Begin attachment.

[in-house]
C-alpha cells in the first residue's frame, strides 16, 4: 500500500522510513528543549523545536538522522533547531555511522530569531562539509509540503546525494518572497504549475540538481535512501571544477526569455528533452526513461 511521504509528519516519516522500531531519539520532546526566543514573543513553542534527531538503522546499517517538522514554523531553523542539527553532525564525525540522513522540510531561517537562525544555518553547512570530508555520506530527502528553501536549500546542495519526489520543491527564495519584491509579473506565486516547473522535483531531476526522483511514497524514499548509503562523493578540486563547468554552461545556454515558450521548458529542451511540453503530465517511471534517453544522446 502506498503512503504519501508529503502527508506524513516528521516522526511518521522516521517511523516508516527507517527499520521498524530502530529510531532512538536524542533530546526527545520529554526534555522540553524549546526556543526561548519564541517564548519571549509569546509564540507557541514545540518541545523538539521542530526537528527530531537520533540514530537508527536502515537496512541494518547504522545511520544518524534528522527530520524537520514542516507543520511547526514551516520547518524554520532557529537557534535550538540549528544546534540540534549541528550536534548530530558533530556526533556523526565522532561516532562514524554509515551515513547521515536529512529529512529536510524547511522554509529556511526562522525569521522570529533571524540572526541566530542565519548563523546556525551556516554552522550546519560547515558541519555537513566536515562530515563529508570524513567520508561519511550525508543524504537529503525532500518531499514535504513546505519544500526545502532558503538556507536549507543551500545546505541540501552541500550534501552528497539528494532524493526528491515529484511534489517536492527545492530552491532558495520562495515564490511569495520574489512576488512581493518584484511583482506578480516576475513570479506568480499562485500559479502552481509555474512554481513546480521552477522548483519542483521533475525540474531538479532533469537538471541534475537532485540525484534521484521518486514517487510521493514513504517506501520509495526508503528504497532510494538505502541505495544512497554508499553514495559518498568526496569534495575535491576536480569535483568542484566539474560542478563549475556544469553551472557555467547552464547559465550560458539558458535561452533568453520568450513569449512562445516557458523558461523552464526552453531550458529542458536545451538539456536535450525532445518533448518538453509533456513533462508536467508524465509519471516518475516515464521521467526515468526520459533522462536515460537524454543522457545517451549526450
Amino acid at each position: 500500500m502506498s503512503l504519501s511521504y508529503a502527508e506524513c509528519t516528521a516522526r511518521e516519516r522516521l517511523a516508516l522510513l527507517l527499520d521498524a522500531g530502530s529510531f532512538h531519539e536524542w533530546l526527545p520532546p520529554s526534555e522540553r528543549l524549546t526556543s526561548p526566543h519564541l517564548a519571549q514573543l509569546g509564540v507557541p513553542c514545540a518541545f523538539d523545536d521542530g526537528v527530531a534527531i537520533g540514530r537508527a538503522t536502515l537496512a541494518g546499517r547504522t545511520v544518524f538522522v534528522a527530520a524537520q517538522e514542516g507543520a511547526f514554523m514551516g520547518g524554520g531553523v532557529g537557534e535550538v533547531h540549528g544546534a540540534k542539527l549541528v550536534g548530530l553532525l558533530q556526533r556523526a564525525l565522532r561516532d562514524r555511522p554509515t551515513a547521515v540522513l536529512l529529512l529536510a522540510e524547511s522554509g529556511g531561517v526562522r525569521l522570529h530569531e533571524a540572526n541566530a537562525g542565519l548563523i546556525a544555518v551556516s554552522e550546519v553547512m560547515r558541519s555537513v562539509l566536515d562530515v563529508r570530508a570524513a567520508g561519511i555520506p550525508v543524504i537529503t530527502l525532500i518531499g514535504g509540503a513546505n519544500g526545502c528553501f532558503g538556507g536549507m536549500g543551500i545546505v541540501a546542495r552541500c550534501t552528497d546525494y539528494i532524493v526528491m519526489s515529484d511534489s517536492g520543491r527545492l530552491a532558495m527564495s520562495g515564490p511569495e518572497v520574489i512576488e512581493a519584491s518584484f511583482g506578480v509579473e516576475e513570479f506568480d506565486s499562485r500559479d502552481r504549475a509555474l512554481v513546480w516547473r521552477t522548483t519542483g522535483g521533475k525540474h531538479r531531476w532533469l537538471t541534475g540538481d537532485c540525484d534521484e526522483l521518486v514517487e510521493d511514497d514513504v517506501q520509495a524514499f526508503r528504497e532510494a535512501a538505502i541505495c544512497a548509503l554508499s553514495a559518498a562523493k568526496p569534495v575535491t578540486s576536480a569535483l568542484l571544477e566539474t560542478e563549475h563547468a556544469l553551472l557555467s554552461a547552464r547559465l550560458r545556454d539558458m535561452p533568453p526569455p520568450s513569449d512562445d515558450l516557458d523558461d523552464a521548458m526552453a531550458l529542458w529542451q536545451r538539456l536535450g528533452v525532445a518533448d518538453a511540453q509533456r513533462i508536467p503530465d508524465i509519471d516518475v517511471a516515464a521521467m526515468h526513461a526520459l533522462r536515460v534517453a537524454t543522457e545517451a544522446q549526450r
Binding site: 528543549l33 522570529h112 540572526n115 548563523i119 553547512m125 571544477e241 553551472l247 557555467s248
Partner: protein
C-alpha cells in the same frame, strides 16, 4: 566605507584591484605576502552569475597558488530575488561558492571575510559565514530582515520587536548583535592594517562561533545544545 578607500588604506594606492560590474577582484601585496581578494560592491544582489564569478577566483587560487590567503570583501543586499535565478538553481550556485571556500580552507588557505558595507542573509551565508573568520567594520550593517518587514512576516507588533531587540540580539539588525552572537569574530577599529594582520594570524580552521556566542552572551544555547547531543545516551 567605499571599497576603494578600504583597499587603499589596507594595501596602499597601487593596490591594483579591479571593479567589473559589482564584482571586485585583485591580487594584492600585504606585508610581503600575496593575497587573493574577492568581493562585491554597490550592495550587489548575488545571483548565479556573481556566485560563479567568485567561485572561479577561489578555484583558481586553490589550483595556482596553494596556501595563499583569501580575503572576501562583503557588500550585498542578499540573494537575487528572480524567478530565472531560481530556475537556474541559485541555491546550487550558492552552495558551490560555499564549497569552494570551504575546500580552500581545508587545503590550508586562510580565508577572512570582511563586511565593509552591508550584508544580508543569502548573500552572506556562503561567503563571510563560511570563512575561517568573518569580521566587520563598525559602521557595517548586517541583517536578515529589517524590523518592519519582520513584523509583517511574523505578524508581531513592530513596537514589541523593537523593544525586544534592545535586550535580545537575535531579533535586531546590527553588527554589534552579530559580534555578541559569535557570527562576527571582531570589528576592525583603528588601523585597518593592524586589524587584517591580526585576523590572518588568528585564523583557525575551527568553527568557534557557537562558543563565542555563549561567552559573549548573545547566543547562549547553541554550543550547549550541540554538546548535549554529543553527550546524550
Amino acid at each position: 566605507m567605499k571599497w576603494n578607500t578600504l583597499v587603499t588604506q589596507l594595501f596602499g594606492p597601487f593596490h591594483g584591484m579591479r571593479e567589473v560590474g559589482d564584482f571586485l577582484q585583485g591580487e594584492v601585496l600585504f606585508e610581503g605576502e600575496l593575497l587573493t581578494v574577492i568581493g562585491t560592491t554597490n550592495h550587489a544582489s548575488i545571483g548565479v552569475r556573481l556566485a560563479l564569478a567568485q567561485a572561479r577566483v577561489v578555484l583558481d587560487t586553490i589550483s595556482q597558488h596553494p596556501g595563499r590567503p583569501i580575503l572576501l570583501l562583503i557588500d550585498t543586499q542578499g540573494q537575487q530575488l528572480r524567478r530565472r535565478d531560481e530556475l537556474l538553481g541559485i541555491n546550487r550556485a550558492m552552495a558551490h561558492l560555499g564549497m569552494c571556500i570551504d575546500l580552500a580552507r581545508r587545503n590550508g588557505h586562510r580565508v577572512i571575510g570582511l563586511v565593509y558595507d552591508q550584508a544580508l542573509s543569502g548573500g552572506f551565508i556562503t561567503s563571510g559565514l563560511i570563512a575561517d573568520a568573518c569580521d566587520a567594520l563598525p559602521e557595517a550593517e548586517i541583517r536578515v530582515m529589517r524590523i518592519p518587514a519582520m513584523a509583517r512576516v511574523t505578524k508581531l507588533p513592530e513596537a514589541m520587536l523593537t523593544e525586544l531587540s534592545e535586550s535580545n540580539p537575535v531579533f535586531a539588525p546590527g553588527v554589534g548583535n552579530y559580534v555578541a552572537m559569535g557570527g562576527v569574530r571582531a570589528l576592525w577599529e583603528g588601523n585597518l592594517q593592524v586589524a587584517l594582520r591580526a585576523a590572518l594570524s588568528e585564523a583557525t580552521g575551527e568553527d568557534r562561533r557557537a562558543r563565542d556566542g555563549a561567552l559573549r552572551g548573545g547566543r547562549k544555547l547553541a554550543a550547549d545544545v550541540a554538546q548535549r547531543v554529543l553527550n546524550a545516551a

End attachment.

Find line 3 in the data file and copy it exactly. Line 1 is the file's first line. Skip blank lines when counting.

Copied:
Amino acid at each position: 500500500m502506498s503512503l504519501s511521504y508529503a502527508e506524513c509528519t516528521a516522526r511518521e516519516r522516521l517511523a516508516l522510513l527507517l527499520d521498524a522500531g530502530s529510531f532512538h531519539e536524542w533530546l526527545p520532546p520529554s526534555e522540553r528543549l524549546t526556543s526561548p526566543h519564541l517564548a519571549q514573543l509569546g509564540v507557541p513553542c514545540a518541545f523538539d523545536d521542530g526537528v527530531a534527531i537520533g540514530r537508527a538503522t536502515l537496512a541494518g546499517r547504522t545511520v544518524f538522522v534528522a527530520a524537520q517538522e514542516g507543520a511547526f514554523m514551516g520547518g524554520g531553523v532557529g537557534e535550538v533547531h540549528g544546534a540540534k542539527l549541528v550536534g548530530l553532525l558533530q556526533r556523526a564525525l565522532r561516532d562514524r555511522p554509515t551515513a547521515v540522513l536529512l529529512l529536510a522540510e524547511s522554509g529556511g531561517v526562522r525569521l522570529h530569531e533571524a540572526n541566530a537562525g542565519l548563523i546556525a544555518v551556516s554552522e550546519v553547512m560547515r558541519s555537513v562539509l566536515d562530515v563529508r570530508a570524513a567520508g561519511i555520506p550525508v543524504i537529503t530527502l525532500i518531499g514535504g509540503a513546505n519544500g526545502c528553501f532558503g538556507g536549507m536549500g543551500i545546505v541540501a546542495r552541500c550534501t552528497d546525494y539528494i532524493v526528491m519526489s515529484d511534489s517536492g520543491r527545492l530552491a532558495m527564495s520562495g515564490p511569495e518572497v520574489i512576488e512581493a519584491s518584484f511583482g506578480v509579473e516576475e513570479f506568480d506565486s499562485r500559479d502552481r504549475a509555474l512554481v513546480w516547473r521552477t522548483t519542483g522535483g521533475k525540474h531538479r531531476w532533469l537538471t541534475g540538481d537532485c540525484d534521484e526522483l521518486v514517487e510521493d511514497d514513504v517506501q520509495a524514499f526508503r528504497e532510494a535512501a538505502i541505495c544512497a548509503l554508499s553514495a559518498a562523493k568526496p569534495v575535491t578540486s576536480a569535483l568542484l571544477e566539474t560542478e563549475h563547468a556544469l553551472l557555467s554552461a547552464r547559465l550560458r545556454d539558458m535561452p533568453p526569455p520568450s513569449d512562445d515558450l516557458d523558461d523552464a521548458m526552453a531550458l529542458w529542451q536545451r538539456l536535450g528533452v525532445a518533448d518538453a511540453q509533456r513533462i508536467p503530465d508524465i509519471d516518475v517511471a516515464a521521467m526515468h526513461a526520459l533522462r536515460v534517453a537524454t543522457e545517451a544522446q549526450r